They've also dyed the ice orange on Halloween and pink on Valentine's Day. What's next for the Wings? Red-and-white candy cane ice for Christmas? Black ice thats renders the puck invisible for April Fools' Day? We'll just have to wait and see.

Charlotte Hornets' Honeycomb Court

Charlotte Hornets


The Hornets are back where they belong, balling in Charlotte and bouncing the Bobcats out of town for good. Obviously, a new court design had to be created to celebrate the glorious return, and what could be fitting than a honeycomb? The Hornets' new court features a two-tone honeycomb design; and with the addition of Lance Stephenson, Charlotte is set to defend their home hive this season.

Boise State University's Smurf Turf

Boise State

Photo: Wikipedia

The one that started it all, Boise State's iconic blue turf field has been the Broncos' home since 1986. Home games at Albertsons Stadium often leave BSU fans feeling anything but blue, as the team is nearly invincible there. Since 1999, their home record is 93-4.

Opposing coaches and players have said that the Broncos' all-blue home uniforms give BSU an unfair advantage, because they blend in with the turf and are harder to track. The Western Athletic Conference even banned BSU from wearing all blue at home for a couple of years, but has recently withdrawn the ban.

Cal State Bakersfield's Court Looks More Like a Swimming Pool

Cal State Bakersfield

Photo: Go Runners

Last season, Cal State Bakersfield became the first college basketball team with a blue court. The reason behind the decision? McDonald's. Since CSB's primary colors are blue and gold, painting the court blue gave them a chance to paint the 3-point line gold, giving their court "Golden Arches" as part of a sponsorship agreement with the fast food giant.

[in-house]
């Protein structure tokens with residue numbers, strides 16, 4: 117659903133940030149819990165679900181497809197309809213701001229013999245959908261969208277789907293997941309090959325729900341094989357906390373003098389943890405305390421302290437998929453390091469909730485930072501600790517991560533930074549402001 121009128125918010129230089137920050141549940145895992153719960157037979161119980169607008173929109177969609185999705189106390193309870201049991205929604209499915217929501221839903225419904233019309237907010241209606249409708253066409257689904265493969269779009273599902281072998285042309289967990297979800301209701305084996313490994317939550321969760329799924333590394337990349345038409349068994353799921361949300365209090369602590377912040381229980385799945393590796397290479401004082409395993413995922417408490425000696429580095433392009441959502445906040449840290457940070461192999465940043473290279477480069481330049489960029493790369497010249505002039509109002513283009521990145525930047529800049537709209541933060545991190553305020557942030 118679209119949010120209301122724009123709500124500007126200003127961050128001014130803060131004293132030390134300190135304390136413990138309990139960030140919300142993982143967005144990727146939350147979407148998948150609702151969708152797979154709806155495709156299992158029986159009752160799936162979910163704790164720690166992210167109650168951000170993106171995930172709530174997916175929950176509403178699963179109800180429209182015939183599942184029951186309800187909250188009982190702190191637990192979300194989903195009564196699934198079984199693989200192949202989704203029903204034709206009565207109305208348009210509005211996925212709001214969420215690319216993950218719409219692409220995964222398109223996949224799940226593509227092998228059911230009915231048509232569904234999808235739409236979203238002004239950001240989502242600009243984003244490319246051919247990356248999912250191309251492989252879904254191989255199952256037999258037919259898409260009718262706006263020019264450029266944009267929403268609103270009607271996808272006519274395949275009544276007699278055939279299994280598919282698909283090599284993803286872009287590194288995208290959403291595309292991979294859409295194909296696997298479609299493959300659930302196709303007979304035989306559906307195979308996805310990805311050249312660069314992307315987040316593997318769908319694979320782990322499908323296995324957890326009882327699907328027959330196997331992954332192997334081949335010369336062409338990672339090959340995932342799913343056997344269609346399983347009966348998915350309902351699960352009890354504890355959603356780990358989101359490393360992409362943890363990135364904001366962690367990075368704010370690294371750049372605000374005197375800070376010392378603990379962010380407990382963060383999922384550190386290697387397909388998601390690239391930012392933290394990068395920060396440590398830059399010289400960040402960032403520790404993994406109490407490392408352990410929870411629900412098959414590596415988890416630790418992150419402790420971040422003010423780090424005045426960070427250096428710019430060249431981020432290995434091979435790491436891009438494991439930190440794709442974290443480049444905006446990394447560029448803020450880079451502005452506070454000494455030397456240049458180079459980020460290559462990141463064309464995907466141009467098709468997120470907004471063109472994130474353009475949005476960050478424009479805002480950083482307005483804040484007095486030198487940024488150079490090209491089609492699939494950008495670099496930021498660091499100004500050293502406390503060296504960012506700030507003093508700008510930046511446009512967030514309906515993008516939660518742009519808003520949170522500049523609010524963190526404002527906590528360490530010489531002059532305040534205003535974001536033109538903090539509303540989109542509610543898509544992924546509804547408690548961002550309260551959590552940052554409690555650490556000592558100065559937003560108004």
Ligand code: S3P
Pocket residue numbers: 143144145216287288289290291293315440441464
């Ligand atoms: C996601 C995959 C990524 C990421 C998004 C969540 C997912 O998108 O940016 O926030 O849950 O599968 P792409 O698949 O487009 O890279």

Central Arkansas' Bizarre Striped Field

Central Arkansas

Photo: Central Arkansas Athletics

The Central Arkansas Bears have what might be the most outrageous field in all of football. Featuring alternating sections of purple and silver turf and black end zones, the field was installed before the 2011 season. The wacky turf must have some magic in it though, since the Bears have gone 15-2 at home since its installation.

University of Oregon's Funky Foliage Flooring

University of Oregon's Matthew Knight Arena


The University of Oregon is always hooked up with the sickest sports gear, thanks to Nike founder and Oregon native Phil Knight. But Knight really outdid himself with the $200 million Matthew Knight Arena (named after his son), which might have the most unusual playing surface in all of sports. The one-of-a-kind basketball floor, titled "deep in the woods," was created by famous Nike designer Tinker Hatfield.

The court features a border of silhouettes of tall fir trees, meant to represent the scenic Pacific Northwest wilderness, with a nod to the 1938 Oregon men's "Tall Firs" basketball team, which won the inaugural NCAA Division I Men's Basketball Championship. The shiny yellow glow of the tree line gives it a trippy feel, making it one of the craziest arenas in college sports.

Photo Credit: Getty Images // Thinkstock